Crooked Reads: Happy Times

Hey, look! It’s a (few weeks into the) new year. Instead of writing about the many things I wish to do to make myself sparkle as a human unicorn, I’m sharing some of my favorite self-help books I read last year.

Because self-help books aren’t always stereotypical and for dummies, and books should never be a guilty pleasure.

This Is How: Proven Aid in Overcoming Shyness, Molestation, Fatness, Spinsterhood, Grief, Disease, Lushery, Decrepitude & More. For Young and Old Alike by Augusten Burroughs. First of all, let me tell you that listening to Augusten Burroughs read his books is ten times better than reading them in print. He has made many hours of my commute a delight.

This book was the first of his I listened to, and man. He’s so great. He comes at serious issues with actual advice, and also fake, sassy advice. It is exactly what you would expect from good ol’ Augusten. It’s not your average self-help book full of affirming statements; instead, he gives new ways to look at your life and your problems. Tough love, baby.

* * *

Tiny Beautiful Things: Advice on Love and Life from Dear Sugar by Cheryl Strayed. The perfect book for anyone in need of a good cry or good advice or just a good read. Read it. Read it right now.

Strayed is a beautiful person and a beautiful writer. Her advice column-turned-memoir will fill you with more emotions than you know what to do with.

And I can’t give the review without using the classic line: She writes like a motherfucker.

Related: She has a Dear Sugar podcast that is nice to listen to when you need your fix of advice on love and life into your ears.

* * *

The Life-Changing Magic of Tidying up by Marie Kondo. I listened to this shortly after moving out of my parents’ house and in with a dear friend who is not as tidy as my mother is (BLASPHEMY). It is soothing.

Some of her suggestions are a little silly, like saying hello to your home when you walk in, or emptying your purse every night onto a soft rug, or telling your items you appreciate them.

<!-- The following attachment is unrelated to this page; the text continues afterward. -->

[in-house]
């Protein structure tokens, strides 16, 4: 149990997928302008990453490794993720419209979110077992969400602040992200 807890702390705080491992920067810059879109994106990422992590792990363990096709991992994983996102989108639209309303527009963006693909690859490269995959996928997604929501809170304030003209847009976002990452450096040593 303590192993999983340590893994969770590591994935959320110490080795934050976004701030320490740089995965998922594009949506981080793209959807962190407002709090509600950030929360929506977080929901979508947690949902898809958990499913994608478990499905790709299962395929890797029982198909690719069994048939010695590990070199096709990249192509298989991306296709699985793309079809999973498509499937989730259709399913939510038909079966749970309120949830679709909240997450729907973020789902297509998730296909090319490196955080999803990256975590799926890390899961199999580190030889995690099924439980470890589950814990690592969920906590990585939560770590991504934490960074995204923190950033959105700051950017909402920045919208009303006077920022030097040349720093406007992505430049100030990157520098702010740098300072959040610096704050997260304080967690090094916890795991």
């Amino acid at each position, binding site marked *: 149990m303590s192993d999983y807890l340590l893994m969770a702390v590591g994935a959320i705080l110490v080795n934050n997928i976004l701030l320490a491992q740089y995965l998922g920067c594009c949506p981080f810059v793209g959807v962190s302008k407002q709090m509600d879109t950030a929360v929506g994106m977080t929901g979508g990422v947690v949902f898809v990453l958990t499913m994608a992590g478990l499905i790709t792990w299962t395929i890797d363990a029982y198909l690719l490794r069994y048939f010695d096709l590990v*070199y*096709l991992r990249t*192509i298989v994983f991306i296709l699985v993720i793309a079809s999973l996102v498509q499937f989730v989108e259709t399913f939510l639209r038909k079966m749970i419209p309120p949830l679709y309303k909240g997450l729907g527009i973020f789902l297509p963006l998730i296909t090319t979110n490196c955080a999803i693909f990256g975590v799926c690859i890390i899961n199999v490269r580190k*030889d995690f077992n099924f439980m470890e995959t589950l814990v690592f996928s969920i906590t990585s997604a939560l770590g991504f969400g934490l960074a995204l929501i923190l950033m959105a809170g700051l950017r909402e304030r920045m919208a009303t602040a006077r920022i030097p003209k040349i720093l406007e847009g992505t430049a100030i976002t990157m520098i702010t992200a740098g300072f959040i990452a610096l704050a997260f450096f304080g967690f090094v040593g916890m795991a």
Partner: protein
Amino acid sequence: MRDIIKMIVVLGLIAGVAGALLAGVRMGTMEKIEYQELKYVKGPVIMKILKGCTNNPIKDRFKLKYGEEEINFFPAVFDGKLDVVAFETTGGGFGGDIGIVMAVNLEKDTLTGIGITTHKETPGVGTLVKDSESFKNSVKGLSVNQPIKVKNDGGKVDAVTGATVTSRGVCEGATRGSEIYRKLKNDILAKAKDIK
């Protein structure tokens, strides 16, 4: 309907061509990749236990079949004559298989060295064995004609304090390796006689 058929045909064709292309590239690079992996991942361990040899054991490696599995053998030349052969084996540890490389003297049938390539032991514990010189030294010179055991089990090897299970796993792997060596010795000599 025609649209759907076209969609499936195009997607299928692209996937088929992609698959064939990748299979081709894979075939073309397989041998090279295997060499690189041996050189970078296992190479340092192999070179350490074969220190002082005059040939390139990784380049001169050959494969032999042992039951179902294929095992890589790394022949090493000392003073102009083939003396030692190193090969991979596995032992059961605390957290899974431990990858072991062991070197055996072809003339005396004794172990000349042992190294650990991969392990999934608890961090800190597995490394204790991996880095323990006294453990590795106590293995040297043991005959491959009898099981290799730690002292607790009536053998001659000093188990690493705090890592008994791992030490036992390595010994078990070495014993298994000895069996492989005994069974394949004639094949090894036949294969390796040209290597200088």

But the general sentiment is good: Respect your crap or else get rid of it. Because it likely does not spark joy.

* * *

3281681We’re Having A Kitten!: From the Big Decision Through the Crucial First Year by Eric Swanson. My friend threw this at me at a library book sale (Yeah, the library book sale that led me to have to buy new bookshelves) as a joke, but I threw it in my $5 bag o’ books just in  case it had useful information in it. AND IT DOES.

This book is so surprisingly helpful (and funny!). It speaks the truth about owning a cat and getting used to kittens destroying everything you own. It also is chock full of tips on training your kitty. And lists of kitty ailments and what to do if you spot symptoms. Basically, if you have a cat, you need this book. The end.

* * *

In non-book recommendations, my biggest helper with managing goals last year was a handy little app called Habit List. Of course, after I paid $3.99 for it, I realized there are others that do the same thing for free, but whatever. It’s delightful. Set habit, set how often you want to accomplish it, and watch as you build streaks (or don’t). It’s super helpful for mindfulness (be present, take a deep breath, see a friend, be adventurous) and doing ordinary things you’d forget to do (lookin’ at you, remembering to floss and to take vitamins).

Or, just follow this carefully crafted cleanse to get you through 2016 in the most glamorous way possible.

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